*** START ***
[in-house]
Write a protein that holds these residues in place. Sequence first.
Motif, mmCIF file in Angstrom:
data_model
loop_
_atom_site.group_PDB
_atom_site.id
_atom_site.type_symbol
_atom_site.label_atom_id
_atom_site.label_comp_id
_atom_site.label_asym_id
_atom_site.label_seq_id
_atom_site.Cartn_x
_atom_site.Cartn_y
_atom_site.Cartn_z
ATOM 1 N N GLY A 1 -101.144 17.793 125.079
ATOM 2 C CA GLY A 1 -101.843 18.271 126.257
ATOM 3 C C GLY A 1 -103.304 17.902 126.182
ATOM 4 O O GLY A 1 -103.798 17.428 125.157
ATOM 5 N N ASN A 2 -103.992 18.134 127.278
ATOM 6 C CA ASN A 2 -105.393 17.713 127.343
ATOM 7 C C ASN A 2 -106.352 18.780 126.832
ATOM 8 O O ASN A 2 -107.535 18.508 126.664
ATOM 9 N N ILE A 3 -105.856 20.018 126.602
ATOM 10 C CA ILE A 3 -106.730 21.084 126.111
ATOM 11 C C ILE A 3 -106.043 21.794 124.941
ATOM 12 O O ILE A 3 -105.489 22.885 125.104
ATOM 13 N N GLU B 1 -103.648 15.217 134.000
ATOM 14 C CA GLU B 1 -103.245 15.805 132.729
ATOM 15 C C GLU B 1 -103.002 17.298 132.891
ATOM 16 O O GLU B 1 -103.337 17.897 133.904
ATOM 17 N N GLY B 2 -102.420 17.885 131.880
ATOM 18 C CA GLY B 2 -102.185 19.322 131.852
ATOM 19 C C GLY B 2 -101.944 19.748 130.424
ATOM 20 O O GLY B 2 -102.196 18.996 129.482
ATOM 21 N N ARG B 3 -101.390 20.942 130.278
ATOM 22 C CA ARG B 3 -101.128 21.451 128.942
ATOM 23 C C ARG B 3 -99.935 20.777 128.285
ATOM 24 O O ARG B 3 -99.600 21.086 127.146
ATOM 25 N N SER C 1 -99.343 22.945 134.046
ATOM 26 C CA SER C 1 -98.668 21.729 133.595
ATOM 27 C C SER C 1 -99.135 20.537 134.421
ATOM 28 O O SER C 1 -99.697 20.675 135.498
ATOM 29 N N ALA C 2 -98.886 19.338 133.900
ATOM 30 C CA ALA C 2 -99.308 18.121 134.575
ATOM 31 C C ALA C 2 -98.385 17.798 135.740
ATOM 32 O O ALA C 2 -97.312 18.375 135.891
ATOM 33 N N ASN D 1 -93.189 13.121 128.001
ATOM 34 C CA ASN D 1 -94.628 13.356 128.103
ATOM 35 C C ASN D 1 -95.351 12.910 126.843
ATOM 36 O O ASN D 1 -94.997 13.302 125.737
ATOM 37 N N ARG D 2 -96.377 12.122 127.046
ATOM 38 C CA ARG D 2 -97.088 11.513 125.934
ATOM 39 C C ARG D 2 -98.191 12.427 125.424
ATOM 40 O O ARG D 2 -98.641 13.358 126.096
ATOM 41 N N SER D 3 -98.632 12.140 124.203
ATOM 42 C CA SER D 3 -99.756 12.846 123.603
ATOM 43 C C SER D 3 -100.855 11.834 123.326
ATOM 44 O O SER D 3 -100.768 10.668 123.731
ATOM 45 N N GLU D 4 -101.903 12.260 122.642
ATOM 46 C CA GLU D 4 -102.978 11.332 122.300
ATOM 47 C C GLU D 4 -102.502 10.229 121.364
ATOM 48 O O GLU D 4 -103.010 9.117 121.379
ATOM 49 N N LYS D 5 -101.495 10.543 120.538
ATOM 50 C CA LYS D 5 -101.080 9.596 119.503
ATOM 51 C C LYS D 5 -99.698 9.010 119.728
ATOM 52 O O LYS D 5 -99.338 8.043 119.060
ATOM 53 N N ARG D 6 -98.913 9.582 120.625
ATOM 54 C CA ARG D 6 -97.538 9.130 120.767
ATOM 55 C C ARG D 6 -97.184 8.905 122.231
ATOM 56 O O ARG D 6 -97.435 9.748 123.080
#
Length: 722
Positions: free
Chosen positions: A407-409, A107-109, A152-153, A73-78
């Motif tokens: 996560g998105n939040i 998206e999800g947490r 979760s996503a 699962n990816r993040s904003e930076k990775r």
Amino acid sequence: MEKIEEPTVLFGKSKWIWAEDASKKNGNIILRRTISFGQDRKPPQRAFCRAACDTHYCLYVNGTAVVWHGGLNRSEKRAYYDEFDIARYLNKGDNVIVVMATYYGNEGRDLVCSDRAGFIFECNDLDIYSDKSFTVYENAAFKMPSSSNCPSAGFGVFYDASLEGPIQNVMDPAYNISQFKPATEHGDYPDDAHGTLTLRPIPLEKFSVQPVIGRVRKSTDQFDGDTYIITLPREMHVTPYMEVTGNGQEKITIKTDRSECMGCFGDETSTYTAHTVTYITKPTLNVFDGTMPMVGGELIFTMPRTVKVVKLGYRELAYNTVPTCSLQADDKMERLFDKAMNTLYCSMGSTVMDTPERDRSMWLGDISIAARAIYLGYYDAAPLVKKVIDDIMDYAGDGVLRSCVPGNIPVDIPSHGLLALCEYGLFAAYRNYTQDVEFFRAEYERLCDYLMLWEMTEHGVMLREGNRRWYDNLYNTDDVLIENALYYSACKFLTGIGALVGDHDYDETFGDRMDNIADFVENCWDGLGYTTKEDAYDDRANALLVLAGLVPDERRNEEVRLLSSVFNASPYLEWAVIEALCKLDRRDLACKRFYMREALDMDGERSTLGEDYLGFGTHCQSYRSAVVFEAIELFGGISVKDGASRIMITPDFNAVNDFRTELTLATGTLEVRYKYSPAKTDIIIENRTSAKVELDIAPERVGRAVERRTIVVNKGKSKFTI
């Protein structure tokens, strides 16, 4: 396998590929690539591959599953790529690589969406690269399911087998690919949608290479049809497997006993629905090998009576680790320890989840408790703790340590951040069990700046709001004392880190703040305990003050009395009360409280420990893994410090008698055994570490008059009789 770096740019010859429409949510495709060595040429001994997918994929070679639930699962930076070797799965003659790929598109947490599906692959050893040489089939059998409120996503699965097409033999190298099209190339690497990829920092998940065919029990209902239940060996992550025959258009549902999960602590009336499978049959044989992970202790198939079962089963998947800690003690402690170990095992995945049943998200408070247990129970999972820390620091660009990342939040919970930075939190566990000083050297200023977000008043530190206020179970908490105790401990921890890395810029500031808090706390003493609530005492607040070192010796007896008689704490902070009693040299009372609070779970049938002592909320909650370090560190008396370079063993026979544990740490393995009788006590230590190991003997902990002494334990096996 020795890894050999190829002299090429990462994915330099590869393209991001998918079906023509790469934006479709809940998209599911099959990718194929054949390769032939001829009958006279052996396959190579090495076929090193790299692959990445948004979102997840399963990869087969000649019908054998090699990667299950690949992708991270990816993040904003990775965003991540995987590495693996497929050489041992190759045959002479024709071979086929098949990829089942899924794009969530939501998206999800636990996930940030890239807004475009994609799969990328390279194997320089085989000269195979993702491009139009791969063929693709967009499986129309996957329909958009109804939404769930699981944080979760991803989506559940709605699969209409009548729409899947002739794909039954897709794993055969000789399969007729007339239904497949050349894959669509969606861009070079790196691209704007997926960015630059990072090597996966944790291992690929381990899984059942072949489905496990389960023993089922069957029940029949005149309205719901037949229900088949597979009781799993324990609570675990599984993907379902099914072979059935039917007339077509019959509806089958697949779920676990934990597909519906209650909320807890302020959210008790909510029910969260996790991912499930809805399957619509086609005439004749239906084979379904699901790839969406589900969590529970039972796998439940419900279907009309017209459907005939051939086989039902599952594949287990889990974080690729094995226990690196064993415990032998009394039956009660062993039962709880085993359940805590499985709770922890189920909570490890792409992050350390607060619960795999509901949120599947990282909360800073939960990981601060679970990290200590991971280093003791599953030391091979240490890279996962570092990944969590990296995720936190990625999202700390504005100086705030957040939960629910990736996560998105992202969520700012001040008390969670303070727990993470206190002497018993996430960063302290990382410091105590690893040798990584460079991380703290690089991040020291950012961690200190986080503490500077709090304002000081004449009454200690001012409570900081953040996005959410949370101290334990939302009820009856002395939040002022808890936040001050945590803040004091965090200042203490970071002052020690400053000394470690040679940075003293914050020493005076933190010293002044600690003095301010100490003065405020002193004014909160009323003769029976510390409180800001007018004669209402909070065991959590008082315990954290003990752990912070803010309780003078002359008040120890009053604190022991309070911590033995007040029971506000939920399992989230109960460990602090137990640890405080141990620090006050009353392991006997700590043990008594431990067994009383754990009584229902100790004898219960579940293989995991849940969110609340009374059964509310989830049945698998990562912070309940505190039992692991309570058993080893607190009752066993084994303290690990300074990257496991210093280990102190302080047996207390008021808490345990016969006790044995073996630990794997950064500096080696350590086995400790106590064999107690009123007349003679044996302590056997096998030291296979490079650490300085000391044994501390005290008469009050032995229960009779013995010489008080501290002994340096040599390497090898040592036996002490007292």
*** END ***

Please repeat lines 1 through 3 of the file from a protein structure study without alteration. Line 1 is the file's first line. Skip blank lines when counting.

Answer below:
[in-house]
Write a protein that holds these residues in place. Sequence first.
Motif, mmCIF file in Angstrom: